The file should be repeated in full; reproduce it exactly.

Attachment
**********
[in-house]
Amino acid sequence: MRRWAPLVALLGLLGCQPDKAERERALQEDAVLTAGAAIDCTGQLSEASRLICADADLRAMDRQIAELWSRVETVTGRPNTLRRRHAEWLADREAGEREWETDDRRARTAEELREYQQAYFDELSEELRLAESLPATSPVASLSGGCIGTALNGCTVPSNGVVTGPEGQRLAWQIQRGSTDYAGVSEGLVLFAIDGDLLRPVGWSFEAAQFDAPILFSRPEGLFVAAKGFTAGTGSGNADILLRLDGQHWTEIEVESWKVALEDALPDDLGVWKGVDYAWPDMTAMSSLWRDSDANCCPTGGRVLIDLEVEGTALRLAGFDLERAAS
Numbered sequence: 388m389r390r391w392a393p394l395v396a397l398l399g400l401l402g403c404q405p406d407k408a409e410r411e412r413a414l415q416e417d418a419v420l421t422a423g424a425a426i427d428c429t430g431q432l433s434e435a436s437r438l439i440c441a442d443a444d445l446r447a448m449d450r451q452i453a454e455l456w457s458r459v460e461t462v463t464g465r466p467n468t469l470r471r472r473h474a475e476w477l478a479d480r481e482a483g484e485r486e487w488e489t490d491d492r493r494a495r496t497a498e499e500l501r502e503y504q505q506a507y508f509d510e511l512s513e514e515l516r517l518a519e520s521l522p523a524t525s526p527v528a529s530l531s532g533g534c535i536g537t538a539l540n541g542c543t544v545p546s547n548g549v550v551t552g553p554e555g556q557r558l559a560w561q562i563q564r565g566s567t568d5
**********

[in-house]
Amino acid sequence: MRRWAPLVALLGLLGCQPDKAERERALQEDAVLTAGAAIDCTGQLSEASRLICADADLRAMDRQIAELWSRVETVTGRPNTLRRRHAEWLADREAGEREWETDDRRARTAEELREYQQAYFDELSEELRLAESLPATSPVASLSGGCIGTALNGCTVPSNGVVTGPEGQRLAWQIQRGSTDYAGVSEGLVLFAIDGDLLRPVGWSFEAAQFDAPILFSRPEGLFVAAKGFTAGTGSGNADILLRLDGQHWTEIEVESWKVALEDALPDDLGVWKGVDYAWPDMTAMSSLWRDSDANCCPTGGRVLIDLEVEGTALRLAGFDLERAAS
Numbered sequence: 388m389r390r391w392a393p394l395v396a397l398l399g400l401l402g403c404q405p406d407k408a409e410r411e412r413a414l415q416e417d418a419v420l421t422a423g424a425a426i427d428c429t430g431q432l433s434e435a436s437r438l439i440c441a442d443a444d445l446r447a448m449d450r451q452i453a454e455l456w457s458r459v460e461t462v463t464g465r466p467n468t469l470r471r472r473h474a475e476w477l478a479d480r481e482a483g484e485r486e487w488e489t490d491d492r493r494a495r496t497a498e499e500l501r502e503y504q505q506a507y508f509d510e511l512s513e514e515l516r517l518a519e520s521l522p523a524t525s526p527v528a529s530l531s532g533g534c535i536g537t538a539l540n541g542c543t544v545p546s547n548g549v550v551t552g553p554e555g556q557r558l559a560w561q562i563q564r565g566s567t568d5